Although indexes can improve query efficiency, for IMDB, there are more details to be considered, as it is inherently designed to pursue more rapid system response. Firstly, the time overhead of index construction cannot be ignored. Obviously, a one-time construction of the entire index may cause the system to become unavailable for a short period of time. Secondly, the effectiveness of an index is largely determined by the actual query workload. Indexes built in the absence of query workload information are likely to be time-consuming, space-intensive, and what’s more may even be of no use. Thirdly, index reconstruction due to data updates can also increase system response time.

The database cracking technology (Idreos et al., 2007a) provides a way to solve these problems. Instead of building a complete index in the preprocessing stage, it builds and refines the index along with the query processing. Thus, the cracker index also enables query workload aware, and hence avoids the case of ineffective indexing. At the same time, such dynamic index construction mechanism can better adapt to data updates. The philosophy behind the database cracking is to delay unavoidable changes as far as possible (Idreos et al., 2007b). However, as traditional database cracking technology was originally designed towards simple array alike column data structures, it alone is uncompetitive compared to modern IMDB indexes. Recent work (Schuhknecht et al., 2016) shows that the data lookup speed of ART index is 3.6 times faster than the traditional database cracking method after 1M queries. Therefore, an ideal solution might be applying database cracking technology to modern IMDB index construction to further improve the overall system responsiveness (considering the overhead of index construction and update, and the index effectiveness). To the best of our knowledge, there is currently no specific research on database cracking for complex index structures. Thus, it is necessary to study the feasibility and relevant general techniques of the complex index cracking. For this reason, a preliminary case study is conducted on the ART index in this paper, which will be representative for in-memory index.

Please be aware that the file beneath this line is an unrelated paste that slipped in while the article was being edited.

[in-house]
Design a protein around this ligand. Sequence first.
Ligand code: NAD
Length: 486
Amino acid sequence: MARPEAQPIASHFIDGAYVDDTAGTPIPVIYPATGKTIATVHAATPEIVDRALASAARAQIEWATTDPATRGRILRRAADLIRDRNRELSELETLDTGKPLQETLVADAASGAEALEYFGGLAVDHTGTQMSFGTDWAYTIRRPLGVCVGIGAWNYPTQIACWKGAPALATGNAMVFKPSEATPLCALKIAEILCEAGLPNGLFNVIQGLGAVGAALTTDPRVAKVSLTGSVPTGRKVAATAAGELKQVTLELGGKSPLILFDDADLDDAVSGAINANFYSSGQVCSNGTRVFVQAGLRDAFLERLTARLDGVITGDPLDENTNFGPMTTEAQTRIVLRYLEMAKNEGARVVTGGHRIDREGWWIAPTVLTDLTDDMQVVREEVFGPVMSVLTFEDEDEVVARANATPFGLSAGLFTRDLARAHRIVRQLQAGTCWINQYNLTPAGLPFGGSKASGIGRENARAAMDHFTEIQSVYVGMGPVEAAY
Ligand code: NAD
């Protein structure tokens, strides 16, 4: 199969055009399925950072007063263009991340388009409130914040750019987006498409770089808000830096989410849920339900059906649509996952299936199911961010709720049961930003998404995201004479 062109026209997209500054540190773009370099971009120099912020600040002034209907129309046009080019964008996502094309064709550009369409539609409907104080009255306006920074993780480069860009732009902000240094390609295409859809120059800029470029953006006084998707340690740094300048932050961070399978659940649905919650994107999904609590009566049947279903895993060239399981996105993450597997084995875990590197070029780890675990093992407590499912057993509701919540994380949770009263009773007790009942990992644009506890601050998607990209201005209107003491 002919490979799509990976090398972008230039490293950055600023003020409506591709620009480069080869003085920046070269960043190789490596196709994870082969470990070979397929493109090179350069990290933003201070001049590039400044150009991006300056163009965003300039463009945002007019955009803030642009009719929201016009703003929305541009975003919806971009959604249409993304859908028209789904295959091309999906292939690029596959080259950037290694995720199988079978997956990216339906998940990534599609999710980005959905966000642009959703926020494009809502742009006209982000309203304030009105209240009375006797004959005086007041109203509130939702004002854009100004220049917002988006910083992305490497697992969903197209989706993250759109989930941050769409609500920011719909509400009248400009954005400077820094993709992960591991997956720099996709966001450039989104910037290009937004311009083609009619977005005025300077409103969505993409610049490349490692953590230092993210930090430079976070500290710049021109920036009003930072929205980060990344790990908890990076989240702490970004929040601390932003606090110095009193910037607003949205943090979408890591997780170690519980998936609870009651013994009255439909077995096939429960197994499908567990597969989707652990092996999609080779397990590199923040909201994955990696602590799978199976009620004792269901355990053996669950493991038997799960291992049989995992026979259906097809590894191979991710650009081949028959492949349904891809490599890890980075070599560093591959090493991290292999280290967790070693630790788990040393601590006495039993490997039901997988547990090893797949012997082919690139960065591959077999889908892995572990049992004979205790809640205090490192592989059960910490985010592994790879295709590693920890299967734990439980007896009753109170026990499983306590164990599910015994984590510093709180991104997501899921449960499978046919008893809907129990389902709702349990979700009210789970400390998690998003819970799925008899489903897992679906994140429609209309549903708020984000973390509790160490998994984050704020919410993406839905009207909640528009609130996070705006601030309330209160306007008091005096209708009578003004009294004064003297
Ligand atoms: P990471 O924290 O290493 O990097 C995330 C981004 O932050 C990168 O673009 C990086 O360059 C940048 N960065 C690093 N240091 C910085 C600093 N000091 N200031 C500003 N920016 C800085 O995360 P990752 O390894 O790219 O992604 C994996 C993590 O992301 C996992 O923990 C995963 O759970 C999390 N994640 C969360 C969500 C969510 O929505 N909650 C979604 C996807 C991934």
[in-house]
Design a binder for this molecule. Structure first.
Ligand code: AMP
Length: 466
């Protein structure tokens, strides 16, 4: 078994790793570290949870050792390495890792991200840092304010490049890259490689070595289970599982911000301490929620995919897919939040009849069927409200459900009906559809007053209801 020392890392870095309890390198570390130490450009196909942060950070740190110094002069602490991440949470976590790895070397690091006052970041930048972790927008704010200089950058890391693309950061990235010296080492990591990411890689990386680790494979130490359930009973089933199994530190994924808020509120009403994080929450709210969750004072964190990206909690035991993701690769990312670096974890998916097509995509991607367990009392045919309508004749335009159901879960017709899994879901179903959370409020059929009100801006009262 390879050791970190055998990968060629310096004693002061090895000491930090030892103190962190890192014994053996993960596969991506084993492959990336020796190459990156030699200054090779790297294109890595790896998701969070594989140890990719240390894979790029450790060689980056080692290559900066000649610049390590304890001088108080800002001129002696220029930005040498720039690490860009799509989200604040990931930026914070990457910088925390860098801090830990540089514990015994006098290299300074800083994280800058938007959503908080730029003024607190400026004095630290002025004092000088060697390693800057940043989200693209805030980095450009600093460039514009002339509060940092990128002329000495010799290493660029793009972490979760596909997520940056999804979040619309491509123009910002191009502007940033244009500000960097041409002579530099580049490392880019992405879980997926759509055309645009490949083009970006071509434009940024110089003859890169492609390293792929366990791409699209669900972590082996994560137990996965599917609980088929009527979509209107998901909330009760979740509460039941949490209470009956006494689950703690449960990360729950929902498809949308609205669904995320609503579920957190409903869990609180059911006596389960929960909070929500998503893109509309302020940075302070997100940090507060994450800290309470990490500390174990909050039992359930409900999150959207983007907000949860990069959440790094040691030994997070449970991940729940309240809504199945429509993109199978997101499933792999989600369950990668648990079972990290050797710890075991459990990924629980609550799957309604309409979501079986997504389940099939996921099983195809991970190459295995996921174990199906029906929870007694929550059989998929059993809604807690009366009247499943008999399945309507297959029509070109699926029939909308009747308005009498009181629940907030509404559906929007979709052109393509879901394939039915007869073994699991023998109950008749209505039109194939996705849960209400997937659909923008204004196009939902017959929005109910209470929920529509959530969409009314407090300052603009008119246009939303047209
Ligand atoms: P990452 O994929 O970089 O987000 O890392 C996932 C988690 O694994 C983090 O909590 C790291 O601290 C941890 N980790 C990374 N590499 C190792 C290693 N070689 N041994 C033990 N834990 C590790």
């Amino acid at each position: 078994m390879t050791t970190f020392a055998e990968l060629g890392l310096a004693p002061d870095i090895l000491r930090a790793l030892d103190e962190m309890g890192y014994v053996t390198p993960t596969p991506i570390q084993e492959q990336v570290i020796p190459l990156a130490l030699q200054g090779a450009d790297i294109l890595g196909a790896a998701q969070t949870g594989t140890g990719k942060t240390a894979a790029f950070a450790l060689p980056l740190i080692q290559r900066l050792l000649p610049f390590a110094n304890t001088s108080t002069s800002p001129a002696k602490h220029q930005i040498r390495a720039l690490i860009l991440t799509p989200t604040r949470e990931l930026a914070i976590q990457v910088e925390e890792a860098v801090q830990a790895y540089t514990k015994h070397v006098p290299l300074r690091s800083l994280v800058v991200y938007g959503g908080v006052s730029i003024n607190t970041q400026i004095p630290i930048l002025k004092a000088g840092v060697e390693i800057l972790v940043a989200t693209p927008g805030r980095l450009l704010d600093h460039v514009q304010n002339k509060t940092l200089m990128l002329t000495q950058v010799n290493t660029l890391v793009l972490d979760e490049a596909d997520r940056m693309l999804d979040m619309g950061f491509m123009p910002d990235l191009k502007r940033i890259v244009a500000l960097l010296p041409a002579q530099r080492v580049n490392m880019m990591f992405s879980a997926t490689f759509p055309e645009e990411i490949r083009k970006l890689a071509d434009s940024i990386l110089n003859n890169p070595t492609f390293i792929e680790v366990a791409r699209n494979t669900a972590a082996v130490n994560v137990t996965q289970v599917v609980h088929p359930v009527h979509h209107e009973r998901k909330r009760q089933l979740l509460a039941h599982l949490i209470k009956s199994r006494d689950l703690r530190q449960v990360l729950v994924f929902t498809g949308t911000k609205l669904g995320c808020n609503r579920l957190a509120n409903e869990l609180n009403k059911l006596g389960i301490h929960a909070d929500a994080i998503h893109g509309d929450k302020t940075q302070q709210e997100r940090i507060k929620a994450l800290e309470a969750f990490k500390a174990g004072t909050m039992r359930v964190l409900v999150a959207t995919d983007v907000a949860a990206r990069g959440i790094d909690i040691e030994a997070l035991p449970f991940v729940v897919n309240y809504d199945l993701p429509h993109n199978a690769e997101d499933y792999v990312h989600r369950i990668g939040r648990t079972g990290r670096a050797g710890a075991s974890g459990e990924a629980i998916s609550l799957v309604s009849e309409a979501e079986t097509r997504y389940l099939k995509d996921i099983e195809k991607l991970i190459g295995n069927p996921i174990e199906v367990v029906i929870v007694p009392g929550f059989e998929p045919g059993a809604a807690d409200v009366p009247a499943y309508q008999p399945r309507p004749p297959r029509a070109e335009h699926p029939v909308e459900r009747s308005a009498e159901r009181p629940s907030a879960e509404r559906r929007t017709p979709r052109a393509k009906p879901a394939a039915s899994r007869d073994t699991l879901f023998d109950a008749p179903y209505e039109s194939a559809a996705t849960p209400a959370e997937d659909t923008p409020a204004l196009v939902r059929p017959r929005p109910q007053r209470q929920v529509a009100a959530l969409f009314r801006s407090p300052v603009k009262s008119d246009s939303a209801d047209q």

We studied the construction overhead of ART index and proposed an algorithm that cracks ART with the help of auxiliary data structures. The main contributions of this paper are as follows.

  1. We investigated the impact of data ordering on the construction of ART index and the range lookup performance of ART index. We found that cracking technology can improve the construction of ART because ordered data come into being gradually during the cracking process;